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Atmospheric Chemistry and Physics An interactive open-access journal of the European Geosciences Union
https://doi.org/10.5194/acp-2016-964
© Author(s) 2016. This work is distributed under
the Creative Commons Attribution 3.0 License.
Research article
08 Nov 2016
Review status
A revision of this discussion paper was accepted for the journal Atmospheric Chemistry and Physics (ACP) and is expected to appear here in due course.
Testing chemistry-climate models' regulation of tropical lower-stratospheric water vapor
Kevin M. Smalley1, Andrew E. Dessler1, Slimane Bekki2, Makoto Deushi3, Marion Marchand2, Olaf Morgenstern4, David A. Plummer5, Kiyotaka Shibata6, Yousuke Yamashita7,a, and Guang Zeng4 1Department of Atmospheric Science, Texas A & M, College Station, Texas, USA
2LATMOS, Institut Pierre Simon Laplace (IPSL), Paris, France
3Meteorological Research Institute, 1-1 Nagamine, Tsukuba, Ibaraki 305-0052, Japan
4National Institute of Water and Atmospheric Research (NIWA), Lauder, New Zealand
5Canadian Centre for Climate Modelling and Analysis, Environment and Climate Change Canada
6School of Environmental Science and Engineering, Kochi University of Technology
7National institute for Environmental Studies (NIES)
aNow at: Japan Agency for Marine-Earth Science and Technology (JAMSTEC), Yokohama, Japan
Abstract. Climate models predict that tropical lower stratospheric humidity will increase as the climate warms, with important implications for the chemistry and climate of the atmosphere. We analyze the trend in 21st-century simulations from 12 state-of-the-art chemistry-climate models (CCMs) using a linear regression model to determine the factors driving the trends. Within CCMs, the long-term trend in humidity is primarily driven by warming of the troposphere. This is partially offset in most CCMs by an increase in the strength of the Brewer-Dobson circulation, which tends to cool the tropical tropopause layer (TTL). We also apply the regression model to individual decades from the 21st century CCM runs and compare them to observations. Many of the CCMs, but not all, compare well with observations, lending credibility to their predictions. One notable deficiency in most CCMs is that they underestimate the impact of the quasi-biennial oscillation on lower stratospheric humidity. Our analysis provides a new and potentially superior way to evaluate model trends in lower stratospheric humidity.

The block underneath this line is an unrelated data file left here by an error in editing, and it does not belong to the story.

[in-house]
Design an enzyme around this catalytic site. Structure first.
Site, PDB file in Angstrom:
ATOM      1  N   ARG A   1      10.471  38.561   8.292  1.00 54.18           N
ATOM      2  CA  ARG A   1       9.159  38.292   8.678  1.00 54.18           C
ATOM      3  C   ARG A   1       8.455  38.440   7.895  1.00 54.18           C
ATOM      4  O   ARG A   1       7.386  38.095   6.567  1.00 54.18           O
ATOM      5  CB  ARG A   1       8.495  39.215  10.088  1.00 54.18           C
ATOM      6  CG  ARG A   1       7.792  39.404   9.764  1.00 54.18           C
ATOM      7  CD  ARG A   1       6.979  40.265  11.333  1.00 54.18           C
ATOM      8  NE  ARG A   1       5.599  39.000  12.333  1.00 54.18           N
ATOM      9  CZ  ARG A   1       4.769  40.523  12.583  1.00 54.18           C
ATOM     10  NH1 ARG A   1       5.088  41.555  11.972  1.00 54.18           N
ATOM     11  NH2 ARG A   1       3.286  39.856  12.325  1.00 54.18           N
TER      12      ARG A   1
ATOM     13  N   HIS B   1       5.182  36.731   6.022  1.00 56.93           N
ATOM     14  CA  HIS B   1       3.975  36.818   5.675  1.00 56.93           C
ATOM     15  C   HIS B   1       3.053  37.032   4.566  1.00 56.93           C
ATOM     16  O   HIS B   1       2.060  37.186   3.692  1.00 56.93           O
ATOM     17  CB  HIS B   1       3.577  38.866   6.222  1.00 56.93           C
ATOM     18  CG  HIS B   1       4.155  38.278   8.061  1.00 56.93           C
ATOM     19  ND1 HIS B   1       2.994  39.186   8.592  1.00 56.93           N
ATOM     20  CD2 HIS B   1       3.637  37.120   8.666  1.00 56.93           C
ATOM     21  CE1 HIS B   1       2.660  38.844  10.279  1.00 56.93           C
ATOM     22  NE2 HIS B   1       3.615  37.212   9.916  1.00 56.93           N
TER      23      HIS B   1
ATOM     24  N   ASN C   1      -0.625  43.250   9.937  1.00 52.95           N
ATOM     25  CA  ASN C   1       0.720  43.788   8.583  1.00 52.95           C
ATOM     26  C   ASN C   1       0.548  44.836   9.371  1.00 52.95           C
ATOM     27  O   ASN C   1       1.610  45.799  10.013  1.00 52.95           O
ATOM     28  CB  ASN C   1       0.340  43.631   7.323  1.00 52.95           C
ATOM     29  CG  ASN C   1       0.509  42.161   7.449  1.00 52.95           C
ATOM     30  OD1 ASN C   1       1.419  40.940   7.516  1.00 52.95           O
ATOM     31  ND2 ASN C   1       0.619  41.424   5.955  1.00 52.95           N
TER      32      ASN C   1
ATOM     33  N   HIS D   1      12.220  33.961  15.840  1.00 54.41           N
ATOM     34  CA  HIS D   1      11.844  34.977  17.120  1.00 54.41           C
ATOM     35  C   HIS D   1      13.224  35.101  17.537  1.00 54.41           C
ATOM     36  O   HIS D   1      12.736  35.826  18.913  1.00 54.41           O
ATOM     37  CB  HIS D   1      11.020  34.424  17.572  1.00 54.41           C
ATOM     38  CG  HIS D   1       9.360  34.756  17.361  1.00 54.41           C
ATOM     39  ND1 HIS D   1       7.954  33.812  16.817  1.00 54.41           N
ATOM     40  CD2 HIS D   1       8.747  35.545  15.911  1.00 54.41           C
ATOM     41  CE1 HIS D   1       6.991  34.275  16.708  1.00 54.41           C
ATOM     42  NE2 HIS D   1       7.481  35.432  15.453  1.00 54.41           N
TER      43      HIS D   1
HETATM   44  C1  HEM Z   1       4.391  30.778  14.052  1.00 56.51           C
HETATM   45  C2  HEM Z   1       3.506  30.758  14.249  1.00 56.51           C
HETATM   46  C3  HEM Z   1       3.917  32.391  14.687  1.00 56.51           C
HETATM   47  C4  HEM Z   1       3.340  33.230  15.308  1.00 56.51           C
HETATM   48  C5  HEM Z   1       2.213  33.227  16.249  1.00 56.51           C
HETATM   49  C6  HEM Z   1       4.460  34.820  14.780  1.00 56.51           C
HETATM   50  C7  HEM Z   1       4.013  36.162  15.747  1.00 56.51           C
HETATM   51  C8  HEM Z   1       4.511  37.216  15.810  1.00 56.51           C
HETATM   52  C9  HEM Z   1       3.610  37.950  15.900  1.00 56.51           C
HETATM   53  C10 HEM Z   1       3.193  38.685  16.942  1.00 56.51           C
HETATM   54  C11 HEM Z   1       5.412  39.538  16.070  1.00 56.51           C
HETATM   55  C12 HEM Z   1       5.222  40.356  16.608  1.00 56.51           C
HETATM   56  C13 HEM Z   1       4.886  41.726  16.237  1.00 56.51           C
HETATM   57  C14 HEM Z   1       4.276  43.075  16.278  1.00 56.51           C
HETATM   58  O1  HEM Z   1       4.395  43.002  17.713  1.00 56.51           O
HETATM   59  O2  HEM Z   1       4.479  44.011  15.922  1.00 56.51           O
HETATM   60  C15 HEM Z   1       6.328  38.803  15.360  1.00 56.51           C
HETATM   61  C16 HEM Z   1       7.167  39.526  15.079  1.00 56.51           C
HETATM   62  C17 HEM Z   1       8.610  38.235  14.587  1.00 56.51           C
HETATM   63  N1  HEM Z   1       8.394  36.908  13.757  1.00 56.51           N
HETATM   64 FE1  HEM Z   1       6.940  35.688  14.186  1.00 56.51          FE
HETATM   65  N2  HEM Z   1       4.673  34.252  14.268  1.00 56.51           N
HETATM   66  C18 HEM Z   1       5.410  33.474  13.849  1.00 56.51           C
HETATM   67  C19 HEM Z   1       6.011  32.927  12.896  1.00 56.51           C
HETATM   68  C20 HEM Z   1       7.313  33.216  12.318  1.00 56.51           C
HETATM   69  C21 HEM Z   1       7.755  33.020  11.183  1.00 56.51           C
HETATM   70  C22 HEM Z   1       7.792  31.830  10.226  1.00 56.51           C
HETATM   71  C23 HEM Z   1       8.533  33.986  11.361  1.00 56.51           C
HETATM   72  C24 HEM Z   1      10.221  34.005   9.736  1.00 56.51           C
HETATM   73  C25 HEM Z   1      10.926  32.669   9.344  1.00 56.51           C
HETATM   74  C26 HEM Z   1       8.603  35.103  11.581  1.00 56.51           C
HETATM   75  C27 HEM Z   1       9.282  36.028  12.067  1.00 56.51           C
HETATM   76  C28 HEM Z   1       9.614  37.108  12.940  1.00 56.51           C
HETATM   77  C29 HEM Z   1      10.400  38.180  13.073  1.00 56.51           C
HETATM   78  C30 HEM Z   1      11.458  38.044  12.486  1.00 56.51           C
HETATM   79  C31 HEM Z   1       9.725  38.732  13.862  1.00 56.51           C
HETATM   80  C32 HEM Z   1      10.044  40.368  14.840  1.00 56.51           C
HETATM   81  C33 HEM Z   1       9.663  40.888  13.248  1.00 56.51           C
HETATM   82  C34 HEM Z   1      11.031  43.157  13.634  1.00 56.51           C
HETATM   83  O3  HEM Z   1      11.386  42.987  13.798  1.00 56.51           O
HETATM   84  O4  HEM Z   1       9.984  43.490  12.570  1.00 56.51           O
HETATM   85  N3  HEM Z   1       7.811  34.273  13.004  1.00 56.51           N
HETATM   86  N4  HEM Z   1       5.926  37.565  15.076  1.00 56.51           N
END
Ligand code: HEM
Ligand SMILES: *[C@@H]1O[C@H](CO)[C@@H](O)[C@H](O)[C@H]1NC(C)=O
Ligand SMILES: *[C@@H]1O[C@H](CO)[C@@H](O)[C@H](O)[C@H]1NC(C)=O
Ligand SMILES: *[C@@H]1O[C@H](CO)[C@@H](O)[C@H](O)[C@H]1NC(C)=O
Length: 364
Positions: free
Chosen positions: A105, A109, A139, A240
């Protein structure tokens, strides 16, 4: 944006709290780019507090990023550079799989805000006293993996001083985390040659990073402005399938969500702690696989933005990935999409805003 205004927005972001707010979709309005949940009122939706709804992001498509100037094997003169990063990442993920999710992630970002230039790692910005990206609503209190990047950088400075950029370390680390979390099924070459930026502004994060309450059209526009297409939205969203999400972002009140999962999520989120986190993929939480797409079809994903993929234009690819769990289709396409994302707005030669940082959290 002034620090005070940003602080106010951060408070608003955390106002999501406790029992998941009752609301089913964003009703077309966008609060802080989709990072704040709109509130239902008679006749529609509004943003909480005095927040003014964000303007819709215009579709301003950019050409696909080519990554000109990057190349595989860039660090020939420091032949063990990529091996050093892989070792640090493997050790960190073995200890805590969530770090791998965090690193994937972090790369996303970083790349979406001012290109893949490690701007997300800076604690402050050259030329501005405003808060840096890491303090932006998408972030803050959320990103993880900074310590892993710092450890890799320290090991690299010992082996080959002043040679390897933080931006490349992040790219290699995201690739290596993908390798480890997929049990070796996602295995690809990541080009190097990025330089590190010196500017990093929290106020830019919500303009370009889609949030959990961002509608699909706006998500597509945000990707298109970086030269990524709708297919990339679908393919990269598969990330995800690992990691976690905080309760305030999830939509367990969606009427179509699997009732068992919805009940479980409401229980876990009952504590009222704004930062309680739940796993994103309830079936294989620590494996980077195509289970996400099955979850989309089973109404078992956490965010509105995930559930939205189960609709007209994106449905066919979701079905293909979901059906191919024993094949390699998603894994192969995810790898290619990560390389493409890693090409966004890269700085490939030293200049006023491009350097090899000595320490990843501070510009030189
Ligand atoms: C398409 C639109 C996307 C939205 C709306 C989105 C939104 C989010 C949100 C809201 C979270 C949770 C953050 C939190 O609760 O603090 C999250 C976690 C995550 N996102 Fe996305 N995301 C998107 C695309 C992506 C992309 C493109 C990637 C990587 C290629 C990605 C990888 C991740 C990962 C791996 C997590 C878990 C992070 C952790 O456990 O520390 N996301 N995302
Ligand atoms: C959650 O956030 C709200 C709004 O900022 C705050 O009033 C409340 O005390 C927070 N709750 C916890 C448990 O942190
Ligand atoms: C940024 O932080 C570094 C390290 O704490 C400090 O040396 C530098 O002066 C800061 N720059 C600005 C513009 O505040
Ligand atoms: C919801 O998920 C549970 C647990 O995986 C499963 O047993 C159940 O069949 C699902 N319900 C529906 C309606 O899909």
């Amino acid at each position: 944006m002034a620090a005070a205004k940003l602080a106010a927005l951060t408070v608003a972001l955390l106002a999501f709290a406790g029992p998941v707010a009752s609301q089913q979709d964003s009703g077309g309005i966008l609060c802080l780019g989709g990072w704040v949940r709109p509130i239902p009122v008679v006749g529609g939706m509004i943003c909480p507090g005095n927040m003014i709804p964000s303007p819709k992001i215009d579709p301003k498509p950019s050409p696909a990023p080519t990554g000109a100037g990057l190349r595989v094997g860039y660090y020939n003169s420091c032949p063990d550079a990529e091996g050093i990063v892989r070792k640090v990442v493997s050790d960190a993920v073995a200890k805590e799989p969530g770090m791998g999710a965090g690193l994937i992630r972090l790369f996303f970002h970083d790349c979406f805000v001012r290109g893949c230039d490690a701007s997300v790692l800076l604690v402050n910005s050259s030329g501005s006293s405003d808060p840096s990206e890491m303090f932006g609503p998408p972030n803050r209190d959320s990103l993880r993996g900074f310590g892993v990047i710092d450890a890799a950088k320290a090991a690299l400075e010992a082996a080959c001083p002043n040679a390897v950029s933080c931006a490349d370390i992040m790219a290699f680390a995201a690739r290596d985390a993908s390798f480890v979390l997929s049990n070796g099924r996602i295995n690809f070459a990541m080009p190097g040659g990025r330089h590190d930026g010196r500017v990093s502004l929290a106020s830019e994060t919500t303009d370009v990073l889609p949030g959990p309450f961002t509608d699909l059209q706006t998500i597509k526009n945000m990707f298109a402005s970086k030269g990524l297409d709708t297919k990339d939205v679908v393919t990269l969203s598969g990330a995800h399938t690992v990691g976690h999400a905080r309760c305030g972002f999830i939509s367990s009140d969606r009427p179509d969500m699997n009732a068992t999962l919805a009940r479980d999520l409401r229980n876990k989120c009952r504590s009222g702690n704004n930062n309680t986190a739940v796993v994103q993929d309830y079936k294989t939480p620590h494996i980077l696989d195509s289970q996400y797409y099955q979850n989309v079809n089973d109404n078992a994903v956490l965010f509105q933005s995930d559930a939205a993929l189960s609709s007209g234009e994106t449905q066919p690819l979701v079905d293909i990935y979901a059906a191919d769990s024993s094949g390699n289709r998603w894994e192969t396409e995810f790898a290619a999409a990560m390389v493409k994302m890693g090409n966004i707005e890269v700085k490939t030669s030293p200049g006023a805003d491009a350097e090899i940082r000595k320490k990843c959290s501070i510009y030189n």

Citation: Smalley, K. M., Dessler, A. E., Bekki, S., Deushi, M., Marchand, M., Morgenstern, O., Plummer, D. A., Shibata, K., Yamashita, Y., and Zeng, G.: Testing chemistry-climate models' regulation of tropical lower-stratospheric water vapor, Atmos. Chem. Phys. Discuss., https://doi.org/10.5194/acp-2016-964, in review, 2016.
Kevin M. Smalley et al.
Interactive discussionStatus: closed
AC: Author comment | RC: Referee comment | SC: Short comment | EC: Editor comment
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RC1: 'Review', Anonymous Referee #1, 07 Dec 2016 Printer-friendly Version 
AC1: 'Reply to RC1', Kevin Smalley, 20 Mar 2017 Printer-friendly Version Supplement 
 
RC2: 'Review', Anonymous Referee #2, 15 Jan 2017 Printer-friendly Version 
AC2: 'Reply to RC2', Kevin Smalley, 20 Mar 2017 Printer-friendly Version Supplement 
Kevin M. Smalley et al.
Kevin M. Smalley et al.

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Short summary
This paper explains a new way to evaluate model trends in lower stratospheric water vapor. We use a multivariate linear regression to predict 21st century lower stratospheric water vapor within 12 chemistry climate models using tropospheric warming, the brewer dobson circulation, and the quasi-biennial oscillation as predictors. This methodology produce strong fits to simulated water vapor, and potentially represents a superior method to evaluate model trends in lower stratospheric water vapor.
This paper explains a new way to evaluate model trends in lower stratospheric water vapor. We...
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